Kenneth Ross “Kemo” Ferguson finally found a fight he couldn’t finish in the form of Covid-19. He passed away Monday, January 11, 2021 at Methodist Houston after a week of hard-fought measures by the medical staff and prayers from hundreds of friends and family. He was 71. Kemo began his earthly journey November 12, 1949 in Navasota, Texas as the fourth child of Edna Nell Dean and Cecil Dale Ferguson, Sr. It became apparent at an early age that he was a scrappy kid who could hold his own. Even needles couldn’t budge him. Once as he was getting vaccinated, his arm tensed up and bent the needle. This set the tone for any adversary or adversity he faced. His siblings no longer dared call him, “Cream Puff.” He became “Kemo”. In the early 1950s the family moved to a small farm in Alvin, Cecil Ferguson Sr’s birthplace. Kemo attended Alvin Schools and was very successful in 4H and FFA raising and showing pigs and other livestock. He won many awards and Grand Champion Boar at the Brazoria County Fair and at the Houston Livestock Show, he excelled garnering ribbons and accolades. He mentored and encouraged many others in this field and as he got older was even a judge at these same shows.
During high school, Kemo fell in love with one beautiful, dark-haired AHS twirler, Laurie Henry. They married after high school and had one daughter, Melissa “Missy”. She became their world and this tomboy of a girl, never failed or lacked for anything. The parents divorced when Missy was young and Kemo was granted sole custody. At that time this was unusual, and he relished his responsibilities, juggling work and fatherhood. The village of Alvin along with family members, friends and Laurie guided Missy to adulthood. At a very early age, Kemo followed his father’s footsteps working construction jobs especially brick laying and masonry. If you took a ride with him around Alvin, he would proudly point to a building, home, or fence and say, “We built that.” He held many jobs and kept honing his skills as a masonry specialist. He worked alongside his dad bidding jobs and completing projects. Along the way, he mentored and trained many young men to become responsible and dependable. He always told them, “If you want a hand up, look at the end of your arm.”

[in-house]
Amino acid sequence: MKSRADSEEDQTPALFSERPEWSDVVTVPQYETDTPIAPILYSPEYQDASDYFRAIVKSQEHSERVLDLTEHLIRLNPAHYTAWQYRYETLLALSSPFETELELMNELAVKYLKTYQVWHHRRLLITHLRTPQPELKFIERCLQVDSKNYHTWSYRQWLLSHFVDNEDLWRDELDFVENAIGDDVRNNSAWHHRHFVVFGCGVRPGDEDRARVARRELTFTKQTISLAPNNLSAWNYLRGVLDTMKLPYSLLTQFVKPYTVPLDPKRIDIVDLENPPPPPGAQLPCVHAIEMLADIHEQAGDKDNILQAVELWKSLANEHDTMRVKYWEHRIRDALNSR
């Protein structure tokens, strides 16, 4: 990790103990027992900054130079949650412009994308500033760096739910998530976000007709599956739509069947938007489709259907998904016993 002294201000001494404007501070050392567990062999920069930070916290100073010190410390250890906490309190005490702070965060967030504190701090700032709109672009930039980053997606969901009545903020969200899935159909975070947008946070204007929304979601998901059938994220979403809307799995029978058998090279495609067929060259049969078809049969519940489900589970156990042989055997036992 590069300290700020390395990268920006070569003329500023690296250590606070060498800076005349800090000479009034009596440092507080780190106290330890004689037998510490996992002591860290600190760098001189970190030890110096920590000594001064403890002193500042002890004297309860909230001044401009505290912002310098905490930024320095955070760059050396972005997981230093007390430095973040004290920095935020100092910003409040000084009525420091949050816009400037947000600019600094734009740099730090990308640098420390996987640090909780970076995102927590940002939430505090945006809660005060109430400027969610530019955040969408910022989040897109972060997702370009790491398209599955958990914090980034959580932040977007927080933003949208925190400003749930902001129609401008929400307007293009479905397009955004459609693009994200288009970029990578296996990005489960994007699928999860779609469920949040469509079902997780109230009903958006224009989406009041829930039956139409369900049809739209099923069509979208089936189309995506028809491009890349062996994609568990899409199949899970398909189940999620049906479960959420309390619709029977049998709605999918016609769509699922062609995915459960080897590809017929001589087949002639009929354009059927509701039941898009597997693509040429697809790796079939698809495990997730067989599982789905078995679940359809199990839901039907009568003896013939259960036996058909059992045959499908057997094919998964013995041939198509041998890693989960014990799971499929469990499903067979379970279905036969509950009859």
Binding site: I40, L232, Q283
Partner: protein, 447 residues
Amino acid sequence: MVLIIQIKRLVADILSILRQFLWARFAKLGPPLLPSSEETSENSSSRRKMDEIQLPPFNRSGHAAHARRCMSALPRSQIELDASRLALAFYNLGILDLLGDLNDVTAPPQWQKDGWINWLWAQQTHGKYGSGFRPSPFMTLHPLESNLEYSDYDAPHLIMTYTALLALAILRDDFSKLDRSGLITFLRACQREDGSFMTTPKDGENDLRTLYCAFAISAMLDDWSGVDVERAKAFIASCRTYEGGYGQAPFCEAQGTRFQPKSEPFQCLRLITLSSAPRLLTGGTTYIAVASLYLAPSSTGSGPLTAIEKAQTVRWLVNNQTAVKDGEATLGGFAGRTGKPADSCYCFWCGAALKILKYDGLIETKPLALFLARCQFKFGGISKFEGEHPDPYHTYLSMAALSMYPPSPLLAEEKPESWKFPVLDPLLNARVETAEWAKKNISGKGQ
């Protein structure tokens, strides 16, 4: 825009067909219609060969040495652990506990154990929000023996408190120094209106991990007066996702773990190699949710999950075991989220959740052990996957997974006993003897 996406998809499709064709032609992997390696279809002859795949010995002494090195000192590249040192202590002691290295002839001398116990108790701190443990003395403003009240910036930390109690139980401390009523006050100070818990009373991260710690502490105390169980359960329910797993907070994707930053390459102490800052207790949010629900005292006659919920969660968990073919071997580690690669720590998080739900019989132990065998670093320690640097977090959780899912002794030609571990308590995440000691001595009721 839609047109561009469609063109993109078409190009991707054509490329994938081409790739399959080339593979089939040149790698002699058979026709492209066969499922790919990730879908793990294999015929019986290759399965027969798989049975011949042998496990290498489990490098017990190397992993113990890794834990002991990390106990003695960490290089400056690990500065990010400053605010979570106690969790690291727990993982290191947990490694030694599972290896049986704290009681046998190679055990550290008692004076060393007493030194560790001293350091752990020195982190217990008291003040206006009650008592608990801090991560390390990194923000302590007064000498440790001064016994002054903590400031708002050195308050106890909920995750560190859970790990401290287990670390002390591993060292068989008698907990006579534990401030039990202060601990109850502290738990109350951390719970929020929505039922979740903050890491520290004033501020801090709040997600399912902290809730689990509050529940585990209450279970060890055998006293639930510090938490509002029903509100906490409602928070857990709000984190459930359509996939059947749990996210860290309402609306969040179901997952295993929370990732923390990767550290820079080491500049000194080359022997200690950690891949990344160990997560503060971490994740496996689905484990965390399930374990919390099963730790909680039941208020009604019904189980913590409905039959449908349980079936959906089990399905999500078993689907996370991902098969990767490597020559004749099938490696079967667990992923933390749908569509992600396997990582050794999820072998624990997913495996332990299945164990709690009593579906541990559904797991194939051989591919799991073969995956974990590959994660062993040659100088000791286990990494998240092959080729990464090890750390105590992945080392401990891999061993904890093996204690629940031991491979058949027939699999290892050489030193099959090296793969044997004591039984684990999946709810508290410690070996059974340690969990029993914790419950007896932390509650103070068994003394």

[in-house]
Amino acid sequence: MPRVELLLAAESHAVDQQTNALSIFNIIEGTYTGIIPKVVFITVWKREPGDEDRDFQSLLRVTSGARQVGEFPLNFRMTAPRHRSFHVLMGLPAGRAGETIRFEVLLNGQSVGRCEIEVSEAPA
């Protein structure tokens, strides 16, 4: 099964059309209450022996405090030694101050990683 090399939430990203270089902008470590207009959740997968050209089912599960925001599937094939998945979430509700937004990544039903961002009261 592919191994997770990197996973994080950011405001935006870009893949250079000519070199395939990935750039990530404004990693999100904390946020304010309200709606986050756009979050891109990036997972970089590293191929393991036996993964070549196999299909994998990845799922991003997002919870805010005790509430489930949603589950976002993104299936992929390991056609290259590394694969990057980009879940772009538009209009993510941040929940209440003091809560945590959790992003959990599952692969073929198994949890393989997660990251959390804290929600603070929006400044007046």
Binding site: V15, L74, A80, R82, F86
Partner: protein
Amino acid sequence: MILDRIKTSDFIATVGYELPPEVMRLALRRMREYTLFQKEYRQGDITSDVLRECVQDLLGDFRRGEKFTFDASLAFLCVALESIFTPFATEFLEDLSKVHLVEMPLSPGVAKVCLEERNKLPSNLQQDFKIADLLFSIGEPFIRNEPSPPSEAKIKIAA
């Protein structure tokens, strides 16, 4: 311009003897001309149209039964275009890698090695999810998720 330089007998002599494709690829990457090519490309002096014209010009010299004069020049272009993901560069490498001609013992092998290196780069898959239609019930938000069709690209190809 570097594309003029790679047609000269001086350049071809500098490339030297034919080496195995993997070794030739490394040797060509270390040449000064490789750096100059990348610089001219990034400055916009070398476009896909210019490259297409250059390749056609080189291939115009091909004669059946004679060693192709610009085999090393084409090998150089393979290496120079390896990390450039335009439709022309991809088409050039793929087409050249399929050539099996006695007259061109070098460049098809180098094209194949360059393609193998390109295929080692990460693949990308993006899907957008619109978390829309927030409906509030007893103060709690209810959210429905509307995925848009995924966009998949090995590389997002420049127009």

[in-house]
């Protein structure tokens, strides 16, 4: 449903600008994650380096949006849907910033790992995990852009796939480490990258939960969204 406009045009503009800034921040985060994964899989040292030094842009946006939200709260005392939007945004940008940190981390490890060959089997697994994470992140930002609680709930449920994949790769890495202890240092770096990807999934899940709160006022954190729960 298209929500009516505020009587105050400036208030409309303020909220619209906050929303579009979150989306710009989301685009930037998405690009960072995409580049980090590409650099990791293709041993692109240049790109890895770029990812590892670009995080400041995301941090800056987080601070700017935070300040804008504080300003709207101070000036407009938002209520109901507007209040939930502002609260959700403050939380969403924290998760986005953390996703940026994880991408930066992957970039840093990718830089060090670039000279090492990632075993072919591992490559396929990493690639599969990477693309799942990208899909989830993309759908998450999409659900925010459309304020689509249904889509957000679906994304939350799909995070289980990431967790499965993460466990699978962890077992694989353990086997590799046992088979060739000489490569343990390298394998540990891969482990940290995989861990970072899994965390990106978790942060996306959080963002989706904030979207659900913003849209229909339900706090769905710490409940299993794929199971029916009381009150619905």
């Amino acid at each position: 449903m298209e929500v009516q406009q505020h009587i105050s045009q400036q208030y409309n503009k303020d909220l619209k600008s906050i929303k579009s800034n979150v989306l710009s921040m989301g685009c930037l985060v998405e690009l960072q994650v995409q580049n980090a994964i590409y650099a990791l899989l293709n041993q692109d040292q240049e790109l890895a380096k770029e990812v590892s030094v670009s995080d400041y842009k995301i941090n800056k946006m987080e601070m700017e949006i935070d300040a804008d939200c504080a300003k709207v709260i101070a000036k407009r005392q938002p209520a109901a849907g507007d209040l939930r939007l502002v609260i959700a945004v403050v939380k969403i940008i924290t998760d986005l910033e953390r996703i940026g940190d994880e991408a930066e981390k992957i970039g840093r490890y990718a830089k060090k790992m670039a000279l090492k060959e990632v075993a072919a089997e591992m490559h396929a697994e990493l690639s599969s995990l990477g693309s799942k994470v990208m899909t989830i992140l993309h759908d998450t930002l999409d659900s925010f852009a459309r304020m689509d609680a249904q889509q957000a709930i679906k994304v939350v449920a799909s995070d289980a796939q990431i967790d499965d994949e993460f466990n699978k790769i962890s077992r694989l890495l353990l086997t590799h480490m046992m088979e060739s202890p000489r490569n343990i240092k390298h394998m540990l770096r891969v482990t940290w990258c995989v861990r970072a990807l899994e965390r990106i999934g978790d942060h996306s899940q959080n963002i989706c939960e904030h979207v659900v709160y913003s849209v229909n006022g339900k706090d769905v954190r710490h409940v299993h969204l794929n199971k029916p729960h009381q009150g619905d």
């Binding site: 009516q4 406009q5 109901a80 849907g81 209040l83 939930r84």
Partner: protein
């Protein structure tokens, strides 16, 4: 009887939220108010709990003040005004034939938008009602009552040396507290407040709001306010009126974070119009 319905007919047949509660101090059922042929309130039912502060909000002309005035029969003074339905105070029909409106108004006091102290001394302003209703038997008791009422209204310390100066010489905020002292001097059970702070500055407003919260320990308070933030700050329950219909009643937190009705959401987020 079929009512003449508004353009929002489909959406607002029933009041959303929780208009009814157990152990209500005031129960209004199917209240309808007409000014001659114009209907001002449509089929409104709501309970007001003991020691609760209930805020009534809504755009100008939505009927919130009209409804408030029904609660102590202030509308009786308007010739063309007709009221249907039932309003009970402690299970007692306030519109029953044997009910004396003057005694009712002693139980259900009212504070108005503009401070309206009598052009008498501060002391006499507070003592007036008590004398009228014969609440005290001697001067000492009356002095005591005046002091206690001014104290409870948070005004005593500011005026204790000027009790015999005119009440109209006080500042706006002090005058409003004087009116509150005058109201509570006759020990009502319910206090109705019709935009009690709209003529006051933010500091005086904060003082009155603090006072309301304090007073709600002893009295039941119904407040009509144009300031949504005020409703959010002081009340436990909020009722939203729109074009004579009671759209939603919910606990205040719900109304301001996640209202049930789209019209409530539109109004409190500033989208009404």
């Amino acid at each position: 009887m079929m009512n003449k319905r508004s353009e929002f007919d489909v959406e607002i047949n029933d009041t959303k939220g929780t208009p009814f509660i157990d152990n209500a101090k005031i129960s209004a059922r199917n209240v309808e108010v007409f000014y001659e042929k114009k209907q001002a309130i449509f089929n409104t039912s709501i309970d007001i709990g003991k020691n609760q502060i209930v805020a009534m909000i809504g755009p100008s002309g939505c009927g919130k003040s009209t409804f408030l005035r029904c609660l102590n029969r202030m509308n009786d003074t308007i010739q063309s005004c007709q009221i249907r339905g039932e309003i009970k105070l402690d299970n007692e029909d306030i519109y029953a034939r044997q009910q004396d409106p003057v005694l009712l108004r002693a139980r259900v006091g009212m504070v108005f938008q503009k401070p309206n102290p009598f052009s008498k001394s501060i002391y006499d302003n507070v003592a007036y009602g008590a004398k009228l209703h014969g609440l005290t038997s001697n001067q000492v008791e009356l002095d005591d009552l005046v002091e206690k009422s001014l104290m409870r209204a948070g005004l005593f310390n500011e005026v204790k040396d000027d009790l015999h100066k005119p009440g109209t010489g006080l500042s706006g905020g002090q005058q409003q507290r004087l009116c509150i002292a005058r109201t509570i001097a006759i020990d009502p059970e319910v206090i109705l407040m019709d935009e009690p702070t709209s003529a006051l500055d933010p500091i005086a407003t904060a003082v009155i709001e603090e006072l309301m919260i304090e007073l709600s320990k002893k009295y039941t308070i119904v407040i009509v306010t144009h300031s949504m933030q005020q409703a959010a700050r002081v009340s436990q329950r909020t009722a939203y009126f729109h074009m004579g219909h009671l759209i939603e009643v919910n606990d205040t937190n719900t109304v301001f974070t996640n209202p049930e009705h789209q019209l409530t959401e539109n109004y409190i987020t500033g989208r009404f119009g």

Kemo began working for various construction companies and worked for Brown and Root, Hartney, and J.T. Thorpe. He became a supervisor and manager and again found himself mentoring young workers. After 35 years, the construction trade took a toll on his health, and he retired to follow his dreams of biking, fishing, traveling and spending time with family and friends. He cherished life in his home next door to his beloved Missy and family. When Kemo found some free time, especially on weekends, he played percussion in a band, “Willie’s Boys” and was sometimes paid. He enjoyed riding motorcycles, camping, and fishing. Classic cars, gardening, and grandkids were just a few of his favorite things in life. Kemo made a profession of faith and was baptized at Alvin Missionary Baptist Church. He now joins many family members in heaven who cheered his arrival. His paternal grandparents were Charles Frank Ferguson and Laura Alida Stow and his maternal grandparents were Ed Dean and Annie Bell Matthews Stewart Nelson.
Kemo is preceded in death by his parents, former wife, Laurie Catherine Henry, his brother Eddie Joe Ferguson, Sr., niece Stacy Kendrick and nephew Steven Owens. He is survived by: his daughter, Melissa (Missy) and husband, Chris Pilkington, grandchildren, Kody Ferguson O’Brien, Karsyn O’Brien, Kennley O’Brien, Bryce Pilkington, Kaitlyn Pilkington and Conner Pilkington (Alvin), brother Cecil Ferguson, Jr. and wife Margaret (Alvin), sisters Ann McDougal and husband Ken (Denison, TX), Nell Taylor and husband John (Alvin), and Kay Kendrick and husband Don (Lubbock, TX), Sister in law Patsy Ferguson (Woodlands, TX), his lifelong friend, Marcy Kiger (Alvin), plus numerous other relatives and friends.
Kemo loved this verse: Romans 8:37 “Yet, in all these things we are more than conquerors through Him who loved us.”
Donations and memorials (in any amount) may be made to a cause Kemo lived and loved throughout his life--helping others. A vocational scholarship at Alvin Community College has been established. Please donate to: Kemo Ferguson Second Chance Vocational Scholarship https://epay.alvincollege.edu/C20358_ustores/web/product_detail.jsp?PRODUCTID=439 Thank you!